Ginger (Zingiber officinale Roscoe)

Medicinal plants have long been used in the treatment of several diseases throughout the world. Ginger (Zingiber officinale Roscoe), a herbaceous perennial plant from the Zingiberaceae family, is one of those plants. There are 24 genera and 300 species under this family; the genus Zingiber has about 20 species as well (Newman, 2001). It is found in tropical and subtropical regions that bear flowers. It used as a spice, food, flavouring agent, and medicine.

In 2019, the global production of ginger was 4.08 million tons, which demonstrates its significant economic value in world trade (Li et al. 2021). It cannot be sexually propagated due to poor flowering and ginger is an unfertile species that failed to set seed (Kambaska & Santilata, 2009). Therefore, ginger plant possesses perennial tuberous or rhizomatous that are used for its vegetative propagation (Nair, 2019). The plant generates an upright, annual stalk (pseudo-stem), 60 to 90 cm tall, with dark green leaves. Its stalks are covered with flat sheaths that may be taken off stalk; 8 – 12 distiches leaves are present on the stem. The leaves are with long blades, or flat and stalk less blades; are alternative (alternate), lance late, linear lance late, specula, 10 to 21 cm tall and 2 to 2.5 cm wide.

The presence of a high polyphenols and flavonoids content in its leaves, stem, and rhizome has been defined as the critical factor for its pharmacological effects (Ghasemzadeh et al., 2010). These polyphenols and flavonoids compounds are natural sources of antioxidants (Haida et al., 2019). As rhizome is an economically exploited part of the plant, using a high proportion of ginger rhizomes as starting material for cultivating the plant in the next growing season negatively affects its supply in the market. It has been used as spice and medicine for treating cancer (Zhang et al., 2021); cardiovascular disease (Ghafoor et al., 2020); diabetes (Said et al., 2020); and several other illnesses such as cold, nausea, asthma, and cough (Choi et al., 2018). Owing to the global pandemic of COVID-19, ginger consumption gained more interest. It helped alleviate the severe symptoms of COVID-19 positive patients and reduced the recovery time in those patients (Rangnekar et al., 2020).

The success of in vitro technique largely depends on the aseptic culture establishment, shoot regeneration capacity, rooting, and acclimatization. Rhizome buds, which are often used as the source of explants in Zingiberaceae, have been proven to be more responsive. However, the initial establishment of contamination-free culture is difficult owing to the exposure of rhizomes to various soil pathogens (Meenu & Kaushal, 2017; Thakur et al., 2018). These pathogens need to be eliminated by surface sterilization of the explants. Vegetative propagation of ginger has a high risk of spreading infections. Slow propagation rate and the risk of disease transmission by sectioning of the rhizomes have deprived propagation by conventional means. Therefore, plant tissue culture is considered the best alternatives method that may supply a large number of planting materials (Hamirah et al., 2010).


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Ghafoor, B.; Ali, M.N.; Riaz, Z. Synthesis and appraisal of natural drug-polymer-based matrices relevant to the application of drug-eluting coronary stent coatings. Cardiol. Res. Pract. 2020, 2020, 1–11.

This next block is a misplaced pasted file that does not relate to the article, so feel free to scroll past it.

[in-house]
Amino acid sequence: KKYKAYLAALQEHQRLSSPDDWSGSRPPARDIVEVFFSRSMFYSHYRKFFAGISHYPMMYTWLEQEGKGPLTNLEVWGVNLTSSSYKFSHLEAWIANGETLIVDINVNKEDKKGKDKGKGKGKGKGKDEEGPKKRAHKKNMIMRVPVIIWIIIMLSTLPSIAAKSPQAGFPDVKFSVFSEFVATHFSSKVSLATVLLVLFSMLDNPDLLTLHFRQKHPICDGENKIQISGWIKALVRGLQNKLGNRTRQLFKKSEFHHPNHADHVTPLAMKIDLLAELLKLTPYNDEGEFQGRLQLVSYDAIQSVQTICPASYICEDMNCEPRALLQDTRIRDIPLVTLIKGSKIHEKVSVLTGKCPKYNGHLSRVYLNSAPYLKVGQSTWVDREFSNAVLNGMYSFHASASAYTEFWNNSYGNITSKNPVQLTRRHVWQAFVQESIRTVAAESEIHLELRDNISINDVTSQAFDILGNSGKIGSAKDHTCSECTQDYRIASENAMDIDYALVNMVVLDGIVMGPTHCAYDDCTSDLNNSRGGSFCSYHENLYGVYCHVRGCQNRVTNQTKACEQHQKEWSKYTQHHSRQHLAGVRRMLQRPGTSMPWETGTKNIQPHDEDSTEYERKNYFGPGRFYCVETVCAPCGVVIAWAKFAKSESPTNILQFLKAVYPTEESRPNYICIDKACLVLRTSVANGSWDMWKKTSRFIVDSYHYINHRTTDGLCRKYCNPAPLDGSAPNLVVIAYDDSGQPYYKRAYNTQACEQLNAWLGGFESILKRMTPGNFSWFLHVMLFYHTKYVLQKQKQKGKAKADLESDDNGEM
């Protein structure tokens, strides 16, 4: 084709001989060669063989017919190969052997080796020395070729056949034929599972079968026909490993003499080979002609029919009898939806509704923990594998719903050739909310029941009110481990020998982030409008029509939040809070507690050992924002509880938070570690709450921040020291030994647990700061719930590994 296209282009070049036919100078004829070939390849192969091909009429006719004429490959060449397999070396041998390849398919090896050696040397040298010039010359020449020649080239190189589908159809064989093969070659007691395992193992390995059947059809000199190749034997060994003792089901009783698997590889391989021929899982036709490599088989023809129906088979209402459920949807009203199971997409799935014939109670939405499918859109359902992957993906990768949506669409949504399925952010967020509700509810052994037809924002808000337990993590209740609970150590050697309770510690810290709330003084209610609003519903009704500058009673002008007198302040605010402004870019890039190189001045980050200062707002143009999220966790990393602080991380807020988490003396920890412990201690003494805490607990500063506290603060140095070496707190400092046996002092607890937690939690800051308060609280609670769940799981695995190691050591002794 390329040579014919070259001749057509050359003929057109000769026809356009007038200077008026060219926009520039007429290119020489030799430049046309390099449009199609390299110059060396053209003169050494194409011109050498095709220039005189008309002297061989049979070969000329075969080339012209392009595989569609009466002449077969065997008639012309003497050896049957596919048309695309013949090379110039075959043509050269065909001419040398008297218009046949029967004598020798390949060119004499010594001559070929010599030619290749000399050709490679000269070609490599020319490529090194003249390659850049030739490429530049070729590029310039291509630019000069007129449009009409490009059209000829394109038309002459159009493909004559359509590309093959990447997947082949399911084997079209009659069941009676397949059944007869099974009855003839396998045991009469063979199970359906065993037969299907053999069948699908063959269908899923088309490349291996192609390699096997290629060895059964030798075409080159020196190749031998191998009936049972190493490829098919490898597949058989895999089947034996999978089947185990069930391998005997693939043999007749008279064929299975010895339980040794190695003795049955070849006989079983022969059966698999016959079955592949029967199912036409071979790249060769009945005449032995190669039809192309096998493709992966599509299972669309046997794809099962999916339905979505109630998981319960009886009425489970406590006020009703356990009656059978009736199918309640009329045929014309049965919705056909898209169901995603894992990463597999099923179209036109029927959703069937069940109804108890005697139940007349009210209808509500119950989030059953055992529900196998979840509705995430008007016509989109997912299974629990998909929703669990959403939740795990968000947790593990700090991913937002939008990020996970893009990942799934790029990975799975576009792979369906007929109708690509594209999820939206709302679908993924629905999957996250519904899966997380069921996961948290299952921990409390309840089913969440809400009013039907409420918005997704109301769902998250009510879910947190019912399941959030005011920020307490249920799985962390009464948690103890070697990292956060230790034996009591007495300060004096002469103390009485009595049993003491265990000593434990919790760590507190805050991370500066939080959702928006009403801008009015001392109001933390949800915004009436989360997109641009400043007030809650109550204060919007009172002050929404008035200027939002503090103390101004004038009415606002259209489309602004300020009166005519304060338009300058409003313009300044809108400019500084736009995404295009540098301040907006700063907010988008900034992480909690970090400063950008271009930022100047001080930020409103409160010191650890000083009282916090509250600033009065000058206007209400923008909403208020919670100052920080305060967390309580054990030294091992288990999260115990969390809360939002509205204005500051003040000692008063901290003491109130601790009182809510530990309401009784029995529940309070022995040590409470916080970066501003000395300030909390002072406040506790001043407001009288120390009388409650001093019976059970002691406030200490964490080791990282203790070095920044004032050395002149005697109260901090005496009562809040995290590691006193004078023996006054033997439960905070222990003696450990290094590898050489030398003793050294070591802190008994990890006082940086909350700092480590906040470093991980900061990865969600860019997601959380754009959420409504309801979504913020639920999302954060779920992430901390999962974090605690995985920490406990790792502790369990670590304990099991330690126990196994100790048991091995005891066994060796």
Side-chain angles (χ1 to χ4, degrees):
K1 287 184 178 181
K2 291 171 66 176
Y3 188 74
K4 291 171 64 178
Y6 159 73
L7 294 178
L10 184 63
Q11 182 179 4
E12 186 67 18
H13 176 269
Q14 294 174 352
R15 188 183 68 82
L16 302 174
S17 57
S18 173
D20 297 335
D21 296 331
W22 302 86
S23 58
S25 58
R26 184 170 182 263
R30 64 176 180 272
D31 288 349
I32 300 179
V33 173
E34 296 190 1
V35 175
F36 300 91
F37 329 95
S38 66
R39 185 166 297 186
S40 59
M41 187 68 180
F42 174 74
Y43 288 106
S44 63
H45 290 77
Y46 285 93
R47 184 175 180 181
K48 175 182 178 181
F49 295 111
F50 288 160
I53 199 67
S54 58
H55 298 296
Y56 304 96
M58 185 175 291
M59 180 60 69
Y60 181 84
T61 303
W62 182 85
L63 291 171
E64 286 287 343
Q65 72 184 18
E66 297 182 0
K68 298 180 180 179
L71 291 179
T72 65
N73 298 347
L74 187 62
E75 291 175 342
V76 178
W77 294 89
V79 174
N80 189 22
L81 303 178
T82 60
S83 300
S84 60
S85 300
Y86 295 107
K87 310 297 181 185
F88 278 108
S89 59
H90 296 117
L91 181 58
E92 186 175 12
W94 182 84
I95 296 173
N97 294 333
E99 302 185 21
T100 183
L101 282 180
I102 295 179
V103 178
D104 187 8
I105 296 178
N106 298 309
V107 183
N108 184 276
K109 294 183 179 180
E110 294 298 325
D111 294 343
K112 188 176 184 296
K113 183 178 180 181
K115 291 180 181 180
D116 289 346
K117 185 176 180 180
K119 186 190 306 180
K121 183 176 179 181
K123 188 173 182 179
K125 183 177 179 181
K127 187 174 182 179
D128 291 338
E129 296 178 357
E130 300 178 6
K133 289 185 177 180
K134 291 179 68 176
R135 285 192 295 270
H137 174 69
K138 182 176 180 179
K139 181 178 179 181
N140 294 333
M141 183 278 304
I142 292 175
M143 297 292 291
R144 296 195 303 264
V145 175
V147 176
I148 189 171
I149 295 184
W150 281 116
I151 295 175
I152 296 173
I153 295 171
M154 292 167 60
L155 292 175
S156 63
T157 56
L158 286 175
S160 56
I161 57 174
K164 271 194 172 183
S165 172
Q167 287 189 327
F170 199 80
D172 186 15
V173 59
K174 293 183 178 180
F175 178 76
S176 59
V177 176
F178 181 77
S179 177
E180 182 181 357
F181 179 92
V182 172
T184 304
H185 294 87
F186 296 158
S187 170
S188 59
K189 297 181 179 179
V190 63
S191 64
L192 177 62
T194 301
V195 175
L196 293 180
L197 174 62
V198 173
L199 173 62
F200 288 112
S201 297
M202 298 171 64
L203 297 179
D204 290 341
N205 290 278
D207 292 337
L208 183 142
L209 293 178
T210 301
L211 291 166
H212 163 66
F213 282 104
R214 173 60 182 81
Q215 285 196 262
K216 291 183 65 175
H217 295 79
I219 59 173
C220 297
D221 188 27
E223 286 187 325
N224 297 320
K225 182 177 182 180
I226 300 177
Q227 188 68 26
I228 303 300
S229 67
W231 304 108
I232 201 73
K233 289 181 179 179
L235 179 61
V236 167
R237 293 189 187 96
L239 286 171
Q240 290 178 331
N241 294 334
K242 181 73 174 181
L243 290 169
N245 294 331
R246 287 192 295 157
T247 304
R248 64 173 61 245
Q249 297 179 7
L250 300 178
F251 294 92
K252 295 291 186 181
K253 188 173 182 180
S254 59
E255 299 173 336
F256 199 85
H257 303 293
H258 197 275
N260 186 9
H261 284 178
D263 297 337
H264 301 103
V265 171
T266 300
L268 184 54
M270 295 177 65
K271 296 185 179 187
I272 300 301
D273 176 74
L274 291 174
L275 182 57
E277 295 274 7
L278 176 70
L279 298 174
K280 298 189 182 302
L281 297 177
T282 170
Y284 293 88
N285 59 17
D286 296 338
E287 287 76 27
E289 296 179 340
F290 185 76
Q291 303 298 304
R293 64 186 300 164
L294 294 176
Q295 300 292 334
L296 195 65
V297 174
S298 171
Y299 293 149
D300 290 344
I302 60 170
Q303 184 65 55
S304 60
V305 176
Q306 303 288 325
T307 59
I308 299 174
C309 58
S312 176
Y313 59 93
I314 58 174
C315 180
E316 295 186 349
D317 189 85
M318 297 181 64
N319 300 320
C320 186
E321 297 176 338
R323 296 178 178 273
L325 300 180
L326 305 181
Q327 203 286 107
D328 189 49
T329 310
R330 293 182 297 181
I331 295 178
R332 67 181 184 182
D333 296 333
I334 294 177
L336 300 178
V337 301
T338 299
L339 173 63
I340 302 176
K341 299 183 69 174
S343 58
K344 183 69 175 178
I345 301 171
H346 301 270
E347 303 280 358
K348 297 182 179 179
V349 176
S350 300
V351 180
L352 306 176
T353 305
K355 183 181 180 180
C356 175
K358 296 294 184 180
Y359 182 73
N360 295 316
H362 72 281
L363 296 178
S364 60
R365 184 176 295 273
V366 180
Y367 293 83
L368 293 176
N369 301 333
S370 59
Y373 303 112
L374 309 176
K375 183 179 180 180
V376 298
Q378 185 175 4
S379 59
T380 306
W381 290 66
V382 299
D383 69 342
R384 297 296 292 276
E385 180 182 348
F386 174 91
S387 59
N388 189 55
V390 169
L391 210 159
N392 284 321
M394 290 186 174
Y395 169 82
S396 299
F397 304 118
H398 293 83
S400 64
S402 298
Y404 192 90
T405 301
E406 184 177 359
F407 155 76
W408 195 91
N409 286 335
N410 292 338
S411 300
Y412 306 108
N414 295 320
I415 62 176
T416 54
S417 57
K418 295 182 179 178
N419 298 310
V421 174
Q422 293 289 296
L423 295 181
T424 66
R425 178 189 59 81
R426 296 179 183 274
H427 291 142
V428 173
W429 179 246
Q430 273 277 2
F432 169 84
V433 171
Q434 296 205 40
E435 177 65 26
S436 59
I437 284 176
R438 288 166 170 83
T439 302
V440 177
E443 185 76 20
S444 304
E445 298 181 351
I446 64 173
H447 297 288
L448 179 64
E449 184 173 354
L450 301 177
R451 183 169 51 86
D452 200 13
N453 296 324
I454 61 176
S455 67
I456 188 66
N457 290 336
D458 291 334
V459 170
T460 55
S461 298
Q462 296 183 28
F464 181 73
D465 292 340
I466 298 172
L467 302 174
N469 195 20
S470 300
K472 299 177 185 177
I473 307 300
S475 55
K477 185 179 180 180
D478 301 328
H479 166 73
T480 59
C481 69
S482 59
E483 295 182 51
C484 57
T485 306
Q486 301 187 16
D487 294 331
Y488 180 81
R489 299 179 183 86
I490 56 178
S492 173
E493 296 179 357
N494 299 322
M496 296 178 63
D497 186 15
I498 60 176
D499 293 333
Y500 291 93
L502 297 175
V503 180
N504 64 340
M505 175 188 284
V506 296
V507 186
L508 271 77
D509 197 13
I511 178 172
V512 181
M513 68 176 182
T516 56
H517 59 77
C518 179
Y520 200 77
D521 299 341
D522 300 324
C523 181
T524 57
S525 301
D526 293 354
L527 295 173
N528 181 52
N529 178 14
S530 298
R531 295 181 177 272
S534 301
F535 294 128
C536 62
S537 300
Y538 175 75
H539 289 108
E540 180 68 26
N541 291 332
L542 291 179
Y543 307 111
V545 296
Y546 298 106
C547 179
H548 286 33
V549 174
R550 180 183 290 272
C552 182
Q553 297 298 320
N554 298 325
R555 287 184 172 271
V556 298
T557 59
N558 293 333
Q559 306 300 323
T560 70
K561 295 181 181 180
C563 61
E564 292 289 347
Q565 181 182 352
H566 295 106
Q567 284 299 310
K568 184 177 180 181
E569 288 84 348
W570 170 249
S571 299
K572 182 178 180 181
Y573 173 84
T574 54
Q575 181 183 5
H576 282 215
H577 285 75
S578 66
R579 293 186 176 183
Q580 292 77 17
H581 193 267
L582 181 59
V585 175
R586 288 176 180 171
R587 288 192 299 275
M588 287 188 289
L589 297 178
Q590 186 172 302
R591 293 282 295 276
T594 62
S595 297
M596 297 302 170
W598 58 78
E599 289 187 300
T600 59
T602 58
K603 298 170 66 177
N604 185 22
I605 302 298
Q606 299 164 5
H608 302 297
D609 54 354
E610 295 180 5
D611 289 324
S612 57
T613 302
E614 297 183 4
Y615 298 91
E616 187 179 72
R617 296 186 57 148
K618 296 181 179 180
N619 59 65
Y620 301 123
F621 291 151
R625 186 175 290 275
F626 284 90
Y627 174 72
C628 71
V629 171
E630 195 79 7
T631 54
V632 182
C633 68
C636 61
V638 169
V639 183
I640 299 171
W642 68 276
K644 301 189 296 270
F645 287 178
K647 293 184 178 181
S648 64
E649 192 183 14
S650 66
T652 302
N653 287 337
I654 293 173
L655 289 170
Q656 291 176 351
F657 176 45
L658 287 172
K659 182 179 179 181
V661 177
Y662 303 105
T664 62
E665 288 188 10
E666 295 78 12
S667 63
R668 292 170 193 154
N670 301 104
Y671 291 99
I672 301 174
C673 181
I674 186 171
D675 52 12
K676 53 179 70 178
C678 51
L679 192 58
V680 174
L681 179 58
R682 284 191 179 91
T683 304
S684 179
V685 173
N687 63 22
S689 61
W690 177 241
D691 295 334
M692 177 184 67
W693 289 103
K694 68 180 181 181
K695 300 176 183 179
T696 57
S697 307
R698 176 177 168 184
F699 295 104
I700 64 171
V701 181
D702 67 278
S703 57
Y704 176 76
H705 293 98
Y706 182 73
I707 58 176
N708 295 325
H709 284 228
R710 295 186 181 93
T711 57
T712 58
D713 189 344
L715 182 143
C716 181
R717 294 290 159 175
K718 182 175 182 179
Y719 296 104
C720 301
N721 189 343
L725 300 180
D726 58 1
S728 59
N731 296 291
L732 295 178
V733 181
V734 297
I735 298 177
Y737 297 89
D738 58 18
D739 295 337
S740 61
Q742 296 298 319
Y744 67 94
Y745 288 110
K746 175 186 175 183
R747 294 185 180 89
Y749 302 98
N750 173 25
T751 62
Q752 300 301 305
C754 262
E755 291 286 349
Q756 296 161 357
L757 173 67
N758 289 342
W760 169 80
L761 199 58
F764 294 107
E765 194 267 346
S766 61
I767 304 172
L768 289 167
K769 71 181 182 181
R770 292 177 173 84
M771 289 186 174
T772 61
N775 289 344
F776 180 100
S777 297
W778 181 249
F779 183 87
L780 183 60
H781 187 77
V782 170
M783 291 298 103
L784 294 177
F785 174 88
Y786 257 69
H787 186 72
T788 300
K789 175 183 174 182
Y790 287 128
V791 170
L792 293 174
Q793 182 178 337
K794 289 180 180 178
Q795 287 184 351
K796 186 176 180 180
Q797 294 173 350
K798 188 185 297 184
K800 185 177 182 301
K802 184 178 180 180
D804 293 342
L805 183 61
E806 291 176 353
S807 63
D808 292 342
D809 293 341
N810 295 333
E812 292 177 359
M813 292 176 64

Ghasemzadeh, A.; Jaafar, H.Z.E.; Rahmat, A. Antioxidant activities, total phenolics and flavonoids content in two varieties of Malaysia young ginger (Zingiber officinale Roscoe). Molecules 2010, 15, 4324–4333.

Haida, Z.; Syahida, A.; Ariff, S.M.; Maziah, M.; Hakiman, M. Factors affecting cell biomass and flavonoid production of Ficus deltoidea var. kunstleri in cell suspension culture system. Sci. Rep. 2019, 9, 9533.

Hamirah, M. N., Sani, H. B., Boyce, P. C., and Sim, S. L. 2010. Micropropagation of red ginger (Zingiber montanum Koenig), a medicinal plant. J. Mol. Biol. Biotechnol., 18(1): 127-130.

Kambaska, K. B., and Santilata, S. 2009. Effect of plant growth regulator on micropropagtion of Ginger (Zingiber officinale Rosc.) cv- Suprava and Suruchi. J Agric Technol., 5(2): 271-280.

Meenu, G.; Kaushal, M. Diseases infecting ginger (Zingiber officinale Roscoe): A aeview. Agric. Rev. 2017, 38, 15–28.

Thakur, M.; Sharma, V.; Kumari, G. In vitro production of disease free planting material of ginger (Zingiber officinale Rosc.)—A single step procedure. Res. J. Biotechnol. 2018, 13, 25–29.

Li HL, Wu L, Dong Z et al (2021) Haplotype-resolved genome of diploid ginger (Zingiber officinale) and its unique gingerol biosynthetic pathway. Hortic Res.

Nair, K.P. Turmeric (Curcuma longa L.) and Ginger (Zingiber officinale Rosc.)-World’s Invaluable Medicinal Spices: The Agronomy and Economy of Turmeric and Ginger; Springer Nature: Basel, Switzerland, 2019; ISBN 9783030291884.

Newman, M. 2001. Nomenclatural notes on Zingiberaceae. J. Bot., 58(1): 173-174.

Rangnekar, H.; Patankar, S.; Suryawanshi, K.; Soni, P. Safety and efficacy of herbal extracts to restore respiratory health and improve innate immunity in COVID-19 positive patients with mild to moderate severity: A structured summary of a study protocol for a randomised controlled trial. Trials 2020, 21, 943.

Said, H.; Abdelaziz, H.; Abd Elhaliem, N.; Elsherif, S. A comparative study between ginger and Echinacea possible effect on the albino rat spleen of experimentally induced diabetes. Egypt. J. Histol. 2020, 43, 763–776.

Zhang, M.M.; Wang, D.; Lu, F.; Zhao, R.; Ye, X.; He, L.; Ai, L.; Wu, C.J. Identification of the active substances and mechanisms of ginger for the treatment of colon cancer based on network pharmacology and molecular docking. BioData Min. 2021, 14, 1–16.